Dr. Rankin: I'm David Rankin. I am a forensic anthropologist with the United States Army Central Identification Laboratory in Hawaii. I wanted to talk with you a little bit about the issue of what's involved in the forensic anthropology analysis and in accordance with the fullest possible accounting and the identification process.
The fullest possible accounting of all Americans missing from past conflicts has always been a national priority. The United States Army Central Identification Laboratory, or CILHI, has been charged with the responsibility for the search, recovery and identification of all Americans lost in previous conflicts.
To accomplish this end, CILHI employs all available scientific, accepted techniques in the identification process to include anthropological, odontological, and microbiological methods. I'm here as a forensic anthropologist. My job along with my colleague, Robert Mann, will be to accept and take custody of the remains at the time of disinterment.
The integrity of the remains as evidence will be preserved with an evidence seal and proper chain of custody will be observed at every step in the identification process.
The remains will be transported to the Armed Forces Institute of Pathology, or AFIP. There, we will conduct a thorough forensic examination of the skeletal remains. I will then prepare the bone samples to be submitted to the Armed Forces DNA Identification Laboratory, or AFDIL, for mitochondrial DNA testing, but first we will apply the recognized scientifically accepted anthropologic techniques and try to build what we term a biological profile.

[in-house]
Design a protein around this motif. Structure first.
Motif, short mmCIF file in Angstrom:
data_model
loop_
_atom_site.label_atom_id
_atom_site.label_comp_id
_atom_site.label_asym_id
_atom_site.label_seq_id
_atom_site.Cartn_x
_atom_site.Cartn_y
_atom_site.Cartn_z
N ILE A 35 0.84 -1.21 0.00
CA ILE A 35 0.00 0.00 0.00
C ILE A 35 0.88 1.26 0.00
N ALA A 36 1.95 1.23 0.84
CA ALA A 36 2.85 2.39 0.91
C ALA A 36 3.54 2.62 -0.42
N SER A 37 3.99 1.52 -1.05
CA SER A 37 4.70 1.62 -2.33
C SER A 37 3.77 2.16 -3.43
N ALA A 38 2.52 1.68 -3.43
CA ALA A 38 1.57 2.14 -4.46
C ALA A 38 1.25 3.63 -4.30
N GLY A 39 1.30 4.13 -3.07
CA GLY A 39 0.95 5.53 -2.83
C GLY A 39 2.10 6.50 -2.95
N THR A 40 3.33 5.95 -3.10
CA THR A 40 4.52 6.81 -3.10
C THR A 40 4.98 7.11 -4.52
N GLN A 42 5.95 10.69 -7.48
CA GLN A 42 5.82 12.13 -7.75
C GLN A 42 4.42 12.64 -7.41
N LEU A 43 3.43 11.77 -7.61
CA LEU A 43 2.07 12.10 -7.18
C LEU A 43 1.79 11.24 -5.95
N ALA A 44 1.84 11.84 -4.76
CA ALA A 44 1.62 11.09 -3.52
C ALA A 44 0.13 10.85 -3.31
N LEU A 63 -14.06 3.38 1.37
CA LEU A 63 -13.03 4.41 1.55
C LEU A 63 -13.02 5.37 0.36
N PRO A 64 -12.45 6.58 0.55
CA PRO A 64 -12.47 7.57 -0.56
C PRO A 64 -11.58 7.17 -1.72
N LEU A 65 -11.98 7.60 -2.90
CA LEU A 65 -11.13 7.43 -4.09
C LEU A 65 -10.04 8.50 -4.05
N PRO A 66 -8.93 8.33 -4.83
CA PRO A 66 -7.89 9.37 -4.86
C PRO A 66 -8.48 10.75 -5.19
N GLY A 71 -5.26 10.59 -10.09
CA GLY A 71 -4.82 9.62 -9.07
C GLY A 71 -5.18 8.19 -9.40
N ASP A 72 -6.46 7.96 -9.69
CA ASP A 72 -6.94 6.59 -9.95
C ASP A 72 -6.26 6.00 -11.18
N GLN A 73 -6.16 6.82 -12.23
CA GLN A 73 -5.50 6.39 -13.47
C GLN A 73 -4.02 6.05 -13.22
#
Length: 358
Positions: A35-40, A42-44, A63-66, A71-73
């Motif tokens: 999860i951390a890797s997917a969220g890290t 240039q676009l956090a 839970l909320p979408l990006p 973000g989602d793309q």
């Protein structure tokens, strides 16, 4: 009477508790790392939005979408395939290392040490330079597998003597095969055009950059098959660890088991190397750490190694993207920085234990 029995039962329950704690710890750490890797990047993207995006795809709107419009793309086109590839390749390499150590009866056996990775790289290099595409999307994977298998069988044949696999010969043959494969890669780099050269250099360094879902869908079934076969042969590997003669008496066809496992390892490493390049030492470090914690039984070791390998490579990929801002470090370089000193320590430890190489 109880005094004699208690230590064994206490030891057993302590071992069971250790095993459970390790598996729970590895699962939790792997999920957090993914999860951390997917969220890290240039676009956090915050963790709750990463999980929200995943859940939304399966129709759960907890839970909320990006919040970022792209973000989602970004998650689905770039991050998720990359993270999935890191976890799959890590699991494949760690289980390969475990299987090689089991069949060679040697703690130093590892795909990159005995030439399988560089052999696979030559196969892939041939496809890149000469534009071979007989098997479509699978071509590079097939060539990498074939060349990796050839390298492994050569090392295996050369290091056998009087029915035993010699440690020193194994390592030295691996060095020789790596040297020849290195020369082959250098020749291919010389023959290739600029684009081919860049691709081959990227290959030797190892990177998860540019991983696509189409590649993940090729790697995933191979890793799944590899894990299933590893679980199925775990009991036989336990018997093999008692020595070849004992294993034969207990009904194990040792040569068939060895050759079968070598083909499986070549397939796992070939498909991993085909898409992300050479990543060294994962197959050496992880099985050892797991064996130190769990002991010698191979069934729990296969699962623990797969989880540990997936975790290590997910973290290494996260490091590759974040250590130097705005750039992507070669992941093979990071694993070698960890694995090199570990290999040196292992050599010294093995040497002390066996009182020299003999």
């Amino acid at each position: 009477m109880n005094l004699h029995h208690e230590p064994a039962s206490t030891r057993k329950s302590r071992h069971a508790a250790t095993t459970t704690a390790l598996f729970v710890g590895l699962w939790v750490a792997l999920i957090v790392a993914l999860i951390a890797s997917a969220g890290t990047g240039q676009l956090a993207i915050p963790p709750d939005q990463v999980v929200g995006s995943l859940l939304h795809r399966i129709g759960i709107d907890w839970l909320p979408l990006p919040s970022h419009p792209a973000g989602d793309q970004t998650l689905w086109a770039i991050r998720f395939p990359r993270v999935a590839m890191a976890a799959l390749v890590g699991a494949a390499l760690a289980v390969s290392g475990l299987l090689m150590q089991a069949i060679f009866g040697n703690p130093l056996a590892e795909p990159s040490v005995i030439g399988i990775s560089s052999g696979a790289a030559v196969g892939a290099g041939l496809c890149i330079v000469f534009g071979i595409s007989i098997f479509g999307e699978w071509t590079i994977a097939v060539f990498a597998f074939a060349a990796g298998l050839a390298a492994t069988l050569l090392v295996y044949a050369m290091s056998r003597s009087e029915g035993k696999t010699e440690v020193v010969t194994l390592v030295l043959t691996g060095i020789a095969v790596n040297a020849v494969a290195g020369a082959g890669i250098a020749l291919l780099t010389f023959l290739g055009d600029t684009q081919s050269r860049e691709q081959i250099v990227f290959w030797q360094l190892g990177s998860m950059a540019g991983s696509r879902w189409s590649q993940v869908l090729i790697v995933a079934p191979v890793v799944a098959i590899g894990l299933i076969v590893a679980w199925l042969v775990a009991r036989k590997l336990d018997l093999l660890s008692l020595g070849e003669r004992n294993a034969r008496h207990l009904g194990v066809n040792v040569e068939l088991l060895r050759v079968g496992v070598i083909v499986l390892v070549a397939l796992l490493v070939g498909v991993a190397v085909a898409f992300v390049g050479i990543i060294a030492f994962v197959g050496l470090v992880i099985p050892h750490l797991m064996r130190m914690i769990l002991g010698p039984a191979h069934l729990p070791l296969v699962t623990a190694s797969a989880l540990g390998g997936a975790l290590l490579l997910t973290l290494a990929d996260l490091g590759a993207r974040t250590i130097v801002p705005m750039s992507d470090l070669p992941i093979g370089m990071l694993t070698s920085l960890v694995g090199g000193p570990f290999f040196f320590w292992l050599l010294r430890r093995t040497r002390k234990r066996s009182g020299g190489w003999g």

What I mean by biological profile is we are going to try and determine from the skeleton the minimum number of individuals which may be represented by any case we look at. The estimated age of death of the individual, the race of the individual, the sex of the individual and the estimated living stature of the individual. All of these determinations are based on observations made from specific landmarks in the bone. Obviously, the completeness and the condition of the remains will affect these determinations.
Which of these skeletal landmarks are present? Did the remains experience parimortem trauma? Are they fragmented? Are they nearly complete? Were they exposed to intense heat, maybe fire, secondary explosions after an aircraft crash or impact? Were they exposed to the environment immediately following the incident? If so, how long? Were they exposed on the surface? Were they in a buried environment? Were they in a wet environment? All these factors will have to be considered in the forensic assessment.
We will also have to consider the condition of the remains as we observe them as they're being brought out of the Tomb.
In addition, we'll look at all potential individual identifiers, if present. Examples such as pathologies and anomalies. We'll produce a post-mortem radiographic series in case antemortem radiographs or medical charts become available for comparative purposes.
After all the anthropological observations are completed, I will then prepare the bone samples to be submitted to AFDIL for the mitochondrial DNA testing. Again, the condition of the remains will dictate the appropriate samples to be submitted.
It's also very important to keep in mind that the submission of samples does not guarantee a successful, viable mitochondrial DNA sequence. The mitochondrial DNA is subject to the same environmental degradation discussed concerning the bone.